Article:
If Peter Mazzotta were an entrée, he would be linguine with artichoke hearts, in pesto, with sundried tomatoes and grilled chicken.
More than 20 years ago, he was the first customer at Toronto’s Spacco restaurant. The waiter asked what he wanted, and, after looking at the menu, Mazzotta described this linguine dish, which the kitchen custom-made for him. Mazzotta became a regular, always choosing this meal. “Pasta di Pietro” soon became popular with other diners, earning a spot on the menu for five years.
Founder Peter Mazzotta says LEO magazine is not meant as a money-making venture
It’s fitting. The former advertising executive has always had a passion for food—he was cooking full-course meals for his parents and seven sisters at age nine. And now, with his new monthly magazine, LEO (Let’s Eat Out)
, he hopes to promote Toronto’s finest establishments.
This is Mazzotta’s first time publishing a magazine. He has no aspirations to be a premier writer. He’s conducted feature-length interviews for LEO
, published in a question-and-answer format, but eventually he just wants to write the publisher’s letter, he said. Some may wonder how many letters he’ll be able to write. An unstable economy has seen many print publications shrink, migrate online or shut down all together. And restaurants aren’t always stable, either.
But Mazzotta has been planning this publication long before the economic downturn of the last half-decade or so. He’s been working on the magazine, mainly informally, for 26 years. During his first week at a Toronto advertising agency, he was taken to lunch every day. Mazzotta was impressed. It made him want to tell the stories of the “unsung heroes” who, in his estimation, make Toronto one of the top five global restaurant destinations.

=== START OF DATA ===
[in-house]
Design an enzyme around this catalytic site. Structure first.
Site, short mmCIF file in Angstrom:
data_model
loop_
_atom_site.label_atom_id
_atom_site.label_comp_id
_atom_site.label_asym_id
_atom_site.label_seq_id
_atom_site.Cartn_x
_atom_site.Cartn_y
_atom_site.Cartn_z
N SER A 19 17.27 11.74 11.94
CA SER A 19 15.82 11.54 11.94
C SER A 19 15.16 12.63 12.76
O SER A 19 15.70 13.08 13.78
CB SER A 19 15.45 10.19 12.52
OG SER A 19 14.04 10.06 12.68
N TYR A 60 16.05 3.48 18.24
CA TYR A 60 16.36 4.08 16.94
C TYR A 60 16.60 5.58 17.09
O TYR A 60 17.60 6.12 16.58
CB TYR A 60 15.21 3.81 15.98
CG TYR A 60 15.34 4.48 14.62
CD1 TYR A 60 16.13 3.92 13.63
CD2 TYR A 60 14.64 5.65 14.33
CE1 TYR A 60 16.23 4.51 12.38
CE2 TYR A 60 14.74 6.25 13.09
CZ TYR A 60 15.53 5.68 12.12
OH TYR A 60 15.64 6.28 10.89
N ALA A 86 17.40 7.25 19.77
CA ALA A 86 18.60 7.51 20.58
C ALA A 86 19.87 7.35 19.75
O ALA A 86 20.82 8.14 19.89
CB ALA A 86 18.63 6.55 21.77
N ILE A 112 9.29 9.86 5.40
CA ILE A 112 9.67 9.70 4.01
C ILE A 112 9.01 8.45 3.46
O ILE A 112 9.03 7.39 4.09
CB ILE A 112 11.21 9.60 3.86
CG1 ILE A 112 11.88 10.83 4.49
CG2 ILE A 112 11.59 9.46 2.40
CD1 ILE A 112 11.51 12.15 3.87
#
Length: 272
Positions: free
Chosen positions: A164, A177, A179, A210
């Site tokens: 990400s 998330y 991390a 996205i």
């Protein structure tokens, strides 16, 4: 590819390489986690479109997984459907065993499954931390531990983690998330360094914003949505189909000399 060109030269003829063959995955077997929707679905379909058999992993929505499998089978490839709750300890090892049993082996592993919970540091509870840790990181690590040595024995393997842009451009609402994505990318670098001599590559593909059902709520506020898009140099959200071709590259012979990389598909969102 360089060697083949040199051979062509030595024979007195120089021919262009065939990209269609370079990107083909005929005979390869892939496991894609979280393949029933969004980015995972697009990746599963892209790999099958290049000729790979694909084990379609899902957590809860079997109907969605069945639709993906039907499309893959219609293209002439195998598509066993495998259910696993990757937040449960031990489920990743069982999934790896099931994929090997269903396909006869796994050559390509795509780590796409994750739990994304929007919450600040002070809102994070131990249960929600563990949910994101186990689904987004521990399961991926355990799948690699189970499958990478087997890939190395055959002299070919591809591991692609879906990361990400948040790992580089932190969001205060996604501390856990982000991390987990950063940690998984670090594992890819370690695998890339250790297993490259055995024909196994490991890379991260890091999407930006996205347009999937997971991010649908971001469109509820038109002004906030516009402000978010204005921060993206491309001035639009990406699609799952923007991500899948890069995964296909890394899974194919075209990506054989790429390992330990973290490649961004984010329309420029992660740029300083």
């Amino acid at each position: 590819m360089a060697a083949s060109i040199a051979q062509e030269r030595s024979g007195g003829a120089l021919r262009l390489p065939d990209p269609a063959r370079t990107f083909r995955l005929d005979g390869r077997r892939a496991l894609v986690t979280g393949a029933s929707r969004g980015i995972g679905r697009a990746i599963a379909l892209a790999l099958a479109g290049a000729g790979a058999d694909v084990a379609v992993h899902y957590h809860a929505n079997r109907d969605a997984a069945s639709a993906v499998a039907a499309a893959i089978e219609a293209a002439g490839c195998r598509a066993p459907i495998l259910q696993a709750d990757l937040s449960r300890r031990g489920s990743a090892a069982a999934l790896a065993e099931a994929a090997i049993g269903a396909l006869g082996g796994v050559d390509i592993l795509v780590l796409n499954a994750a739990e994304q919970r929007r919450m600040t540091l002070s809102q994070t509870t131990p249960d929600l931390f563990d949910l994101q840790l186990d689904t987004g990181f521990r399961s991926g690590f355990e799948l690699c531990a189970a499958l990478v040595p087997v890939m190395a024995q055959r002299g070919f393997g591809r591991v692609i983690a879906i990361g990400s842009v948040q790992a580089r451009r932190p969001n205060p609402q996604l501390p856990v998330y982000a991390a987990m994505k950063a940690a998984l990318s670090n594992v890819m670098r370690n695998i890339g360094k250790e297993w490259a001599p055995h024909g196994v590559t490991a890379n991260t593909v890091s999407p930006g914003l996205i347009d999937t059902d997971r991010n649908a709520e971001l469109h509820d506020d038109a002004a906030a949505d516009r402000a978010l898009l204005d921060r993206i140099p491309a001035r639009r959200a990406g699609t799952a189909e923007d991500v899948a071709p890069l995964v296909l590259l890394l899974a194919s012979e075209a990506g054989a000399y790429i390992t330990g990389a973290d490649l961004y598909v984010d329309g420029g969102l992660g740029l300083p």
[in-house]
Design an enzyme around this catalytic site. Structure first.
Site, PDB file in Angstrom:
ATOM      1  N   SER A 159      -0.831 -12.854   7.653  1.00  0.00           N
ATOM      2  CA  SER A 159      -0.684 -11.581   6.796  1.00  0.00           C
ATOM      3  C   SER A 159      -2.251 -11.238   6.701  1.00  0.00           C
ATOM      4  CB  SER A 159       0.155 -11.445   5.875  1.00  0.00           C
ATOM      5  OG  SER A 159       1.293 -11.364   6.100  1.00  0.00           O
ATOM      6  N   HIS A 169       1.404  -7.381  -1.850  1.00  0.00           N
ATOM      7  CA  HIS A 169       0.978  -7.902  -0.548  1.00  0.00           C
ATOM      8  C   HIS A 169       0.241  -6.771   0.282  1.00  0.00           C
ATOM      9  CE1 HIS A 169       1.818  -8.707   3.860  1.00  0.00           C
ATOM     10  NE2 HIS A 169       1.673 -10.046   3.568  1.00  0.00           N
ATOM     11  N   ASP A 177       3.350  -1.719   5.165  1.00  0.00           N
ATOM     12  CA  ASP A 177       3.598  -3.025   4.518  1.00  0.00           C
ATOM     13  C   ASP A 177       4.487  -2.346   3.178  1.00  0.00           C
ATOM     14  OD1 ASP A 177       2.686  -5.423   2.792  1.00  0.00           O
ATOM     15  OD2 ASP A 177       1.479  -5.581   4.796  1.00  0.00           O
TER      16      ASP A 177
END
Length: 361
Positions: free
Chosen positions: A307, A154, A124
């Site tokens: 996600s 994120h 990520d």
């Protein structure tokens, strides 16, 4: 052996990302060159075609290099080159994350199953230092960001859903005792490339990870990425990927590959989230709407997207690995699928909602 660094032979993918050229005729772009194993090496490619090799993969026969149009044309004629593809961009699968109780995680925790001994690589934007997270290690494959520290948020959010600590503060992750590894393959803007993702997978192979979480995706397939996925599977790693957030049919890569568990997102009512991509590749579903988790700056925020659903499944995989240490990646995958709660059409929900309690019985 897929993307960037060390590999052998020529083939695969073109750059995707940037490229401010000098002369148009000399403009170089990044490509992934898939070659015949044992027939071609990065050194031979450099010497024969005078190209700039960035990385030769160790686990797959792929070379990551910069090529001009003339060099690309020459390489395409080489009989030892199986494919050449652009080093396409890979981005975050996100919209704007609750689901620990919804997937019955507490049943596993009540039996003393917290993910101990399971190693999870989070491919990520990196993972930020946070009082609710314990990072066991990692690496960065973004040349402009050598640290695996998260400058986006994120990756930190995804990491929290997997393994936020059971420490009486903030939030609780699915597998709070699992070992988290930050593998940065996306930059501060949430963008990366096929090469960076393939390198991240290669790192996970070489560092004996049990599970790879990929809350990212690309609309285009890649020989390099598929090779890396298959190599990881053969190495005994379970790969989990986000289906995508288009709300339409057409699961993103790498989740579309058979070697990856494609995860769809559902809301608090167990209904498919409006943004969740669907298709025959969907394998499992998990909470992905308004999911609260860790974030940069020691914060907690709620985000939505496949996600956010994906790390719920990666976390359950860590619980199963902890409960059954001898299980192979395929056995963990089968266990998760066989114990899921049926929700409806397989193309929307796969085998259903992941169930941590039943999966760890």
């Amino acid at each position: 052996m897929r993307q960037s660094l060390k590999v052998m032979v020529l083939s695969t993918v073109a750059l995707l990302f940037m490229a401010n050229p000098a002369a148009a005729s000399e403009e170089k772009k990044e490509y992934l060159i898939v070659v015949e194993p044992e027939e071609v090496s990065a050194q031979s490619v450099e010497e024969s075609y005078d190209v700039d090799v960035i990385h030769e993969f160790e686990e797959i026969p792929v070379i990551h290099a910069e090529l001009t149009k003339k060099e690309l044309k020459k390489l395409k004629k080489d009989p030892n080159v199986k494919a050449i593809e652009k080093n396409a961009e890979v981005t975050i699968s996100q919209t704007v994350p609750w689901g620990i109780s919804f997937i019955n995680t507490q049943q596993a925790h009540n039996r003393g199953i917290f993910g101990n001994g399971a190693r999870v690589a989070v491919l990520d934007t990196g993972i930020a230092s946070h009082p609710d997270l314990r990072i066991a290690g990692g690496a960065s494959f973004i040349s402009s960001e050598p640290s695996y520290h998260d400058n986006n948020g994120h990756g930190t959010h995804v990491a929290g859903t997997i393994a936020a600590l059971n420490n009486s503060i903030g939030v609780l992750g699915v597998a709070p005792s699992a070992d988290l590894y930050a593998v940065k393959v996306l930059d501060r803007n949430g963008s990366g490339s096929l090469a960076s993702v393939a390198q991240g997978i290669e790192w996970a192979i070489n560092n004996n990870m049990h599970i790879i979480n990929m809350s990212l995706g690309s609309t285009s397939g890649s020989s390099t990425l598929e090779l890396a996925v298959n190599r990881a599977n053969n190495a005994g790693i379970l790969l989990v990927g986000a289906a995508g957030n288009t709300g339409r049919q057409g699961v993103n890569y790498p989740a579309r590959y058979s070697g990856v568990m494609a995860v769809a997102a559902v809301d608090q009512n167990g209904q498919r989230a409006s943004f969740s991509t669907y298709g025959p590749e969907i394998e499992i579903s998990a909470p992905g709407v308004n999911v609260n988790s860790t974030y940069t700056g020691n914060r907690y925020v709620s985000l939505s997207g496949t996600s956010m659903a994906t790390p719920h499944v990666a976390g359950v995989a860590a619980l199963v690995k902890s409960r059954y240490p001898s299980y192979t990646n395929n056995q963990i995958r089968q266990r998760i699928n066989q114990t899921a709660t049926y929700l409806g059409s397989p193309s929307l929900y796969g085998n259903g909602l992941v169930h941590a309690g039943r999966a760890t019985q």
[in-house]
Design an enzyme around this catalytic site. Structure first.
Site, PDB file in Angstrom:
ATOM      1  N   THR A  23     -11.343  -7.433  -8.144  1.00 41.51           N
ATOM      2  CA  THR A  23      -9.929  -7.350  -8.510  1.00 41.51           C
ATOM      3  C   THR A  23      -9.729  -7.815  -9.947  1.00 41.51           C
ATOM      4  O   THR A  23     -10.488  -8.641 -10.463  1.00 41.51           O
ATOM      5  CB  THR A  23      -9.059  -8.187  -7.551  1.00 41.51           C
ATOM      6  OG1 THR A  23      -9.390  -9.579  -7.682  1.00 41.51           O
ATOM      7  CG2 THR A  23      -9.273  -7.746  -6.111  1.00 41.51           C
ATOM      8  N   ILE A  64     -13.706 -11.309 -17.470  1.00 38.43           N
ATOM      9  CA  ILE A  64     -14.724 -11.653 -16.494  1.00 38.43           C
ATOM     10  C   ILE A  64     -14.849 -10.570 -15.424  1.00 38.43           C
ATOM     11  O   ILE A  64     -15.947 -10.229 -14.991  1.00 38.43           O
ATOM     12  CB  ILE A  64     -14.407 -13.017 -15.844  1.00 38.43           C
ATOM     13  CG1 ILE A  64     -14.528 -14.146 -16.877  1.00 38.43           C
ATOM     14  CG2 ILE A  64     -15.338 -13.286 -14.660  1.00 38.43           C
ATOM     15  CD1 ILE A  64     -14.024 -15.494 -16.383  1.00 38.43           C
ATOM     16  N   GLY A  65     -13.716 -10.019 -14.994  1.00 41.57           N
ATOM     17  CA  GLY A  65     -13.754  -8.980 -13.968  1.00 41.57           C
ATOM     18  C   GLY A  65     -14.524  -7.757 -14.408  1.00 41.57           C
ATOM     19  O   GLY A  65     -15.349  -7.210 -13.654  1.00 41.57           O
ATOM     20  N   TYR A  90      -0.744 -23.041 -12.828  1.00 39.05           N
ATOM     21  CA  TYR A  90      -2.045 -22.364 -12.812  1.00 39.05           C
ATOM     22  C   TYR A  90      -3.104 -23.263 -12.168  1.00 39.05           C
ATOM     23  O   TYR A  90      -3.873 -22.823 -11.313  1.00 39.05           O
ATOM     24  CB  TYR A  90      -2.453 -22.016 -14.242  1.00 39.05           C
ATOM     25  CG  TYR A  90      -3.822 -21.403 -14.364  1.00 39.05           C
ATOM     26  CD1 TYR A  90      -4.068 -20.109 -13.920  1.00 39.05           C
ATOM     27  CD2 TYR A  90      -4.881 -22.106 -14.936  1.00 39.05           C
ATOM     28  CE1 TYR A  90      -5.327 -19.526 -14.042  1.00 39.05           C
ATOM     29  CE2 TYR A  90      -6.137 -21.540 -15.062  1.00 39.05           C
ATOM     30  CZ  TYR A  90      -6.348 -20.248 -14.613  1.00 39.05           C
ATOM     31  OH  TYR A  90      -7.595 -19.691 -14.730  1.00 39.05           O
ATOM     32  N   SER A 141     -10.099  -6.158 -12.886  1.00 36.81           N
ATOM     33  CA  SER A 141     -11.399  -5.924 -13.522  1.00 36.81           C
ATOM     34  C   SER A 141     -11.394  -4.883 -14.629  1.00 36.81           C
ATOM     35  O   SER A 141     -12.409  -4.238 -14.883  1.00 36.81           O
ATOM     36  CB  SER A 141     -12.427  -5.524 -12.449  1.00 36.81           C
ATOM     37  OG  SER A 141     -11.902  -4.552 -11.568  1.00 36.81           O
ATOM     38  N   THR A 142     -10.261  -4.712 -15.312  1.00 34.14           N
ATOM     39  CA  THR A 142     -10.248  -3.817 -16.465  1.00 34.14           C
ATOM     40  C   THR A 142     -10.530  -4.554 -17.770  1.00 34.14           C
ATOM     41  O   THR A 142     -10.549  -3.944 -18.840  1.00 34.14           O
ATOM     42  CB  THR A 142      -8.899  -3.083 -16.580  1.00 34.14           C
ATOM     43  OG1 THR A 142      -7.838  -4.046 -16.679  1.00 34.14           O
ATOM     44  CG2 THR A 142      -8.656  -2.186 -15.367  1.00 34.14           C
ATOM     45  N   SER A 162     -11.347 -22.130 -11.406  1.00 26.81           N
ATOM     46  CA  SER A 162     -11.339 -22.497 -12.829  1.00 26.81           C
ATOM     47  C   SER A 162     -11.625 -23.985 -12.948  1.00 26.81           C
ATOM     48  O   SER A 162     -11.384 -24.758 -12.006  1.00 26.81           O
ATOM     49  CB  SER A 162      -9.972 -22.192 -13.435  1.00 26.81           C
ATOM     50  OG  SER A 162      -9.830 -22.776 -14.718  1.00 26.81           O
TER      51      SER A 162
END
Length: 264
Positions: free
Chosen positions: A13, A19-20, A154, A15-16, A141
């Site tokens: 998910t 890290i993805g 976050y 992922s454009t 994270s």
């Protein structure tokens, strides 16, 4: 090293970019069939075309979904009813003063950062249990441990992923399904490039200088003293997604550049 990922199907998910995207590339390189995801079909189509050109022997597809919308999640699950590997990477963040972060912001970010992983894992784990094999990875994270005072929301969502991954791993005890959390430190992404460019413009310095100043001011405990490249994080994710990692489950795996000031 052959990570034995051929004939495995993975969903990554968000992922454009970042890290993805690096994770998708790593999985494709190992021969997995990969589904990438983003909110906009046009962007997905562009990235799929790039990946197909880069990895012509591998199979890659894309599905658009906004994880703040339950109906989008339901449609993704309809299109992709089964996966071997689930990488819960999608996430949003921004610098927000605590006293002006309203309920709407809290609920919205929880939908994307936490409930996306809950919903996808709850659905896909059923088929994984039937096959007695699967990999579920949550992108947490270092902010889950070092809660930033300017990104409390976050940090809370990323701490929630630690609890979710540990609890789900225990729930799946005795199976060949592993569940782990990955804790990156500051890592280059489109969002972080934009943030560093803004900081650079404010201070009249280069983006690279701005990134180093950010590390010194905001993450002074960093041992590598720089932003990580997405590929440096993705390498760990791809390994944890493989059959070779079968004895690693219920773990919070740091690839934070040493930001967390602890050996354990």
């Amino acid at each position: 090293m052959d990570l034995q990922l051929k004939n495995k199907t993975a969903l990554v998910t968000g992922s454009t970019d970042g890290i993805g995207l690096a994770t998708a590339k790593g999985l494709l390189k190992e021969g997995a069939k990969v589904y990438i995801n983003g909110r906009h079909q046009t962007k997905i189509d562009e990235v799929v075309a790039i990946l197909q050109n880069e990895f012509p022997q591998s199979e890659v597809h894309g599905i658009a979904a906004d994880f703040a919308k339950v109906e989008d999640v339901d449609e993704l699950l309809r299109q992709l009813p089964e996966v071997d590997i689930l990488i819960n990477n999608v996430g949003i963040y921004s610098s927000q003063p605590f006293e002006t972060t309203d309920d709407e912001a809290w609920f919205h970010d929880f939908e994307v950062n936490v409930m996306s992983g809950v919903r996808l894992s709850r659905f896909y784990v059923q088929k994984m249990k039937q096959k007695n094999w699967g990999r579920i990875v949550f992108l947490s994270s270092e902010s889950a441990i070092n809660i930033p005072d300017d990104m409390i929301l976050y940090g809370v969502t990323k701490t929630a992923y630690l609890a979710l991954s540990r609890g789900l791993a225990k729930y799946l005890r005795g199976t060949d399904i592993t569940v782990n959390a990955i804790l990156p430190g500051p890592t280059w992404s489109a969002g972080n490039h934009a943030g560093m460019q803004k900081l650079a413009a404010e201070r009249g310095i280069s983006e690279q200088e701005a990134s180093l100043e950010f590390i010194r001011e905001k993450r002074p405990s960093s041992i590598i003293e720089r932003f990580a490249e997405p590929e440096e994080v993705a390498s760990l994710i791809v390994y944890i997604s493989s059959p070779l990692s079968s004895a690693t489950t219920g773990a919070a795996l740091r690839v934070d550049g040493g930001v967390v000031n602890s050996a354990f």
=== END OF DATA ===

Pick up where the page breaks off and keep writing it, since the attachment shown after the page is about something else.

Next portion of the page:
In 2009, he was let go from Euro RSCG Life, now Havas Life, where he was a vice-president. That “golden handshake” gave him the chance to make the magazine a reality. In July, complimentary copies of LEO
magazine appeared in select Toronto restaurants. Another issue circulated in December. The first paid issue will hit Chapters and Indigo stores across the GTA this week, and readers can get a year-long monthly subscription for $61.
The reception from the restaurant community has been overwhelmingly positive, said Mazzotta. But he also knows people are baffled by the thought of starting a print publication in these uncertain times. In an interview in mid-December, he addressed the question without it even being asked.
“When I first came up with the idea, there was no digital nothing,” he said. And his vision of the magazine hasn’t changed much from the original idea in 1987. “This digital revolution that we’re in, it’s only strengthened my ambition to do a print magazine.”
Forget paywalls. LEO’s website doesn’t include any articles. Its social media presence is a Facebook page with roughly 2,000 likes.
Mazzotta isn’t opposed to digital media. But with so much online, he needed to distinguish his publication from others. That meant sticking to print. “(LEO
) has been a very tactile project: something that you have to feel, touch, breathe, smell, flip, put away and then bring back—never throw away,” he said.
Besides, he said, restaurants and print magazines are similar: they provide people a place to relax. (According to Magazines Canada, the average reader spends about 40 minutes with a magazine, compared to seconds scanning online.)
“This is not a money-making venture. It was never meant to be a money-making venture,” explained Mazzotta. Look no further than the back cover. It is free of ads, and always will be.
To continue reading this story, head over to J-Source where it was originally published.